In this study, the bioaccumulation and biosorption of aqueous metals (cadmium, copper, lead, zinc and trivalent chromium) by live and dead cells of Penicillium simplicissimum (isolate 10) were investigated and compared. Removal experiments under varying cell concentrations, pH and initial metal concentrations revealed that live cells generally achieved highest metal removal rates when 0.80 g fresh weight of cells was used, with metal solutions at pH 5 and concentrations of 50–100 mg L−1 (up to 150 and 200 mg L−1 for cadmium and lead, respectively). On the contrary, biosorption of metals by dead cells occurred at maximum rates when as little as 0.15 g dry weight of cells was used, in conditions of pH 5–7 (metal dependent) and lower metal concentration of 50 mg L−1. This comparative analysis suggested that although effective bioremediation by live cells required more cell biomass and preferred the five metals at concentrations of 50–100 mg L−1, the amount of metals removed by live cells were significantly higher (36.2–86.4% for 100 mg L−1 and pH 5) than by dead cells (8.5–58.9%). The results indicated that bioaccumulation is a favourable process that aids in metal removal together with biosorption, and is presumably more effective than the independent process of biosorption alone (by dead cells). Hence, the metal removal potential of P. simplicissimum, especially live cells of this indoor metal-tolerant isolate, may be applied to wastewaters for effective removal within optimum pH range and metal concentrations. Graphic Abstract: [Figure not available: see fulltext.].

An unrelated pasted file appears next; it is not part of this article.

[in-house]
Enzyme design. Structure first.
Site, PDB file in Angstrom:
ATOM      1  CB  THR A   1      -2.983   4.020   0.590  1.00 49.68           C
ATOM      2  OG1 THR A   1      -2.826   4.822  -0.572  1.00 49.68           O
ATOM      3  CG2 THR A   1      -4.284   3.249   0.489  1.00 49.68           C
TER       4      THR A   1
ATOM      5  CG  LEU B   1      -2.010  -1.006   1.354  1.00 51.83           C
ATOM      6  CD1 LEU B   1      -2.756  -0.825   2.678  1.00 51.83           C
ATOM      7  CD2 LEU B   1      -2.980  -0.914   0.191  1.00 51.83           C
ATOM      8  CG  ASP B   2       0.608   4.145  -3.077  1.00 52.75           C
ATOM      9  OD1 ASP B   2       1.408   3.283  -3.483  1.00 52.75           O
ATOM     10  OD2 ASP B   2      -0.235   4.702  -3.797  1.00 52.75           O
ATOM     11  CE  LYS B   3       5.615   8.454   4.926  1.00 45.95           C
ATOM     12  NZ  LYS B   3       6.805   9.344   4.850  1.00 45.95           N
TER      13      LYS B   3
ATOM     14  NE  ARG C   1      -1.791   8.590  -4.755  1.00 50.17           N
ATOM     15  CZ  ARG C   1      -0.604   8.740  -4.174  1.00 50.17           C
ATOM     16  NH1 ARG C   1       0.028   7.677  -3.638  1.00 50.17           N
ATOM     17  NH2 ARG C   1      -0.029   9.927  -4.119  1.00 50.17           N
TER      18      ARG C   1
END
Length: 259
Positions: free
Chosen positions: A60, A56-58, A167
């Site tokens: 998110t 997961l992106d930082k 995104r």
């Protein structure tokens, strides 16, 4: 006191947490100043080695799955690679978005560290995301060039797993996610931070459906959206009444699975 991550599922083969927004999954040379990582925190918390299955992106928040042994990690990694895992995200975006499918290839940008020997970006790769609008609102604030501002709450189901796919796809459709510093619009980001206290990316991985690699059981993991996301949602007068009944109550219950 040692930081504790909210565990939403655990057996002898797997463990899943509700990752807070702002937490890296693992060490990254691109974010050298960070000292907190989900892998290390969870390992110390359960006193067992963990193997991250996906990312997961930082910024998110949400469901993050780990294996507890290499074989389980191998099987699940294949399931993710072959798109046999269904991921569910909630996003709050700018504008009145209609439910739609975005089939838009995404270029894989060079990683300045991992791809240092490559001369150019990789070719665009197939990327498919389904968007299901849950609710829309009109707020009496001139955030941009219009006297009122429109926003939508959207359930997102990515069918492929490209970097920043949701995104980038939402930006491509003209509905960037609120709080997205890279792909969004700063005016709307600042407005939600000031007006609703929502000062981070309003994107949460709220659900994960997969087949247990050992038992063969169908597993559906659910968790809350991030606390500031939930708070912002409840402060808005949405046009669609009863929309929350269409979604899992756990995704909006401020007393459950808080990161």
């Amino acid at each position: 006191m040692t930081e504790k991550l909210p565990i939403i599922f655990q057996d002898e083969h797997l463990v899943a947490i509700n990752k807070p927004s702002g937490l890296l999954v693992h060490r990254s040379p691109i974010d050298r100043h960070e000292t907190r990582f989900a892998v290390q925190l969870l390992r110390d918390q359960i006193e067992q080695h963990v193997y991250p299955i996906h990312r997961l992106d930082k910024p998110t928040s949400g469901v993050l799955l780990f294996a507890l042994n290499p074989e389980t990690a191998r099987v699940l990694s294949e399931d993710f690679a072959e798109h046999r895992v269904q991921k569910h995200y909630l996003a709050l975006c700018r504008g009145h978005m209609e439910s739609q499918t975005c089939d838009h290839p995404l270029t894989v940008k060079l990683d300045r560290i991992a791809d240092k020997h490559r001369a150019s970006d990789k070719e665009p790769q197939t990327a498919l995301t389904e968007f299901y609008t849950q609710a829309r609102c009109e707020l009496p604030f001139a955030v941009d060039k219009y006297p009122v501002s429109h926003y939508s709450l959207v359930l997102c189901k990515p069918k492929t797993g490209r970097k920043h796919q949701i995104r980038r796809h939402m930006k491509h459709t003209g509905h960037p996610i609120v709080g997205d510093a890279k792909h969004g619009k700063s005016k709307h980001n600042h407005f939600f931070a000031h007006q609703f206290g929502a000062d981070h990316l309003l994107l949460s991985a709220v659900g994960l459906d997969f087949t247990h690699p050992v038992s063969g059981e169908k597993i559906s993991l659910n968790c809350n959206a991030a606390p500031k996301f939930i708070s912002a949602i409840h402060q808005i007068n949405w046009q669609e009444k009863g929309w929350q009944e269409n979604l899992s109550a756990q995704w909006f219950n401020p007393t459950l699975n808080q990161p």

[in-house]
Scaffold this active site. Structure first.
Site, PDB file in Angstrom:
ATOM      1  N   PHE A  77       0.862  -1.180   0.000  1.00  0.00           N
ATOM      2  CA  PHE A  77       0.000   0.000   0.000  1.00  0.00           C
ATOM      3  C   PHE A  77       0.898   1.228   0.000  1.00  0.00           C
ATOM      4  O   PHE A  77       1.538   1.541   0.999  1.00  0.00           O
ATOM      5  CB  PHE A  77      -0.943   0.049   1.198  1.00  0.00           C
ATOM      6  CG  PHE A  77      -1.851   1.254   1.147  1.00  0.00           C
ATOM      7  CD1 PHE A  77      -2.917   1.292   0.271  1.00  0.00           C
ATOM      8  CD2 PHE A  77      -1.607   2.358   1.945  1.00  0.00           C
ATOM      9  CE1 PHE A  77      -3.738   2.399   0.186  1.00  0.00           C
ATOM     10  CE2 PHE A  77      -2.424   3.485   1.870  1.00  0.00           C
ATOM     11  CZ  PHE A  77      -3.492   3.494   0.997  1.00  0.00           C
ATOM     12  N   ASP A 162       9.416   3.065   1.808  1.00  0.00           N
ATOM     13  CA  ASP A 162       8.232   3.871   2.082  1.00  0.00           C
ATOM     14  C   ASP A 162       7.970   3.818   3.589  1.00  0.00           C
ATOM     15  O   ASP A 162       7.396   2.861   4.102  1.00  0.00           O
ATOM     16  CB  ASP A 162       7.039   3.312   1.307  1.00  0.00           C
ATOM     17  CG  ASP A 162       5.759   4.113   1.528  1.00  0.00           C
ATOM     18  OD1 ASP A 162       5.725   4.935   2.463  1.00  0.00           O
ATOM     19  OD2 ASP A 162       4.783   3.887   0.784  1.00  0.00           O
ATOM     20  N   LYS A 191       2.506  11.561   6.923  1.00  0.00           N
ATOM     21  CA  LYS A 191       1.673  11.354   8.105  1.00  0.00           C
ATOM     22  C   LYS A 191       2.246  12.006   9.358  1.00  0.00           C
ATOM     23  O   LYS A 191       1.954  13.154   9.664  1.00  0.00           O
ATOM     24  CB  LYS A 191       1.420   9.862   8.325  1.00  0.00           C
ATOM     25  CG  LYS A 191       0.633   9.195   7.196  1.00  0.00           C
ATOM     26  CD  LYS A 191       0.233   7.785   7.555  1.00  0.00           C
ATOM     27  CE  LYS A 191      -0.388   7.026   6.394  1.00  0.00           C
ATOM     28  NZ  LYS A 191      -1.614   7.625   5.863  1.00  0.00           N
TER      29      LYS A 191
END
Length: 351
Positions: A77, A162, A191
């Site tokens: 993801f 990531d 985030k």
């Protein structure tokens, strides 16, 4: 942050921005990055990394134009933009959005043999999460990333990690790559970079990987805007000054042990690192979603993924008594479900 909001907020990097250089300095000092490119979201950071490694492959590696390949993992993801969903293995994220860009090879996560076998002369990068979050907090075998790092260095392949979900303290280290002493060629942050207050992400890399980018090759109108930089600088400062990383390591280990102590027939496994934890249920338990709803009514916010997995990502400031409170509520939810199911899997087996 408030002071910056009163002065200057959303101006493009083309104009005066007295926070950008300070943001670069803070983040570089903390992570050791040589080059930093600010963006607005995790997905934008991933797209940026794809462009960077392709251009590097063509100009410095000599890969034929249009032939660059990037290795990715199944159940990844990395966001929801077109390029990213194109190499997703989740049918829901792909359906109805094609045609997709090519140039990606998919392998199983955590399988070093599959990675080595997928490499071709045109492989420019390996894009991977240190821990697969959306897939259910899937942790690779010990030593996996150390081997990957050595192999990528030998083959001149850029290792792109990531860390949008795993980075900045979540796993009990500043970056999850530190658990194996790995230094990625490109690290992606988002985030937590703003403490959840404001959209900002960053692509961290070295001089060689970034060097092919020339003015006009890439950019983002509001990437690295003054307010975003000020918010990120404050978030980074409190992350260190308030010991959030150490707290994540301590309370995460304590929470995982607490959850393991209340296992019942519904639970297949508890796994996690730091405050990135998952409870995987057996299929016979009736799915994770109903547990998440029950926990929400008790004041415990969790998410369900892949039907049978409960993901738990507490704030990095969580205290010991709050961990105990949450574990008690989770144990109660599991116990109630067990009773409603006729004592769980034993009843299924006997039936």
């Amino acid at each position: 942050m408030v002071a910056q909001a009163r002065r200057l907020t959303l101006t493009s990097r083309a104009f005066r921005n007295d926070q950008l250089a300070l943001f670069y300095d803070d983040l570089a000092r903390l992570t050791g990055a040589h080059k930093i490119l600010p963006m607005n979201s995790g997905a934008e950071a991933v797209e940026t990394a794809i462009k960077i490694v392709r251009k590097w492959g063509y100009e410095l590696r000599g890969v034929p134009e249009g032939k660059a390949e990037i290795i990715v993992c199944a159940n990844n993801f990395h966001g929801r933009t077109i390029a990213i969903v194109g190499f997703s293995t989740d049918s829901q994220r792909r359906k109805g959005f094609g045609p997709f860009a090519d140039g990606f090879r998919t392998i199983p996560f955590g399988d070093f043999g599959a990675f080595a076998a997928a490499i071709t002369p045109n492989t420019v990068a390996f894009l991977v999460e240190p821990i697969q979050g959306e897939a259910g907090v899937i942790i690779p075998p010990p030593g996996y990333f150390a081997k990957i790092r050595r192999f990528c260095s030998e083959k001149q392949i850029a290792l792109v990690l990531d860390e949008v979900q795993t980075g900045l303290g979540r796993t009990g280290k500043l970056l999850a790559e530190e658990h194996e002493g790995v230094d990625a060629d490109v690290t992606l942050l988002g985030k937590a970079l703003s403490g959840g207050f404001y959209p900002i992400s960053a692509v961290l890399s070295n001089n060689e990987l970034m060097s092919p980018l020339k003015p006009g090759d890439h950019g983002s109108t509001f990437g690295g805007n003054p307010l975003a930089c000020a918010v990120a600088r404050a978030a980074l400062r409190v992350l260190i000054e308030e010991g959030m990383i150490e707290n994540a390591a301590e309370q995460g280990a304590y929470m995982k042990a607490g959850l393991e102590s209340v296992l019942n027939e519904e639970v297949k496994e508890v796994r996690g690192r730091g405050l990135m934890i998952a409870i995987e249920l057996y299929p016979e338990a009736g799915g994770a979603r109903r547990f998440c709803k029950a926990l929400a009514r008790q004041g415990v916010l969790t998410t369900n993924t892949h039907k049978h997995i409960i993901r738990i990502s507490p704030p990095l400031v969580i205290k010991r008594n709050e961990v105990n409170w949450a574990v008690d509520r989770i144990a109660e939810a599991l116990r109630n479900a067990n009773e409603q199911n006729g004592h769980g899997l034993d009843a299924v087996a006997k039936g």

- Penicillium simplicissimum
- Toxic metals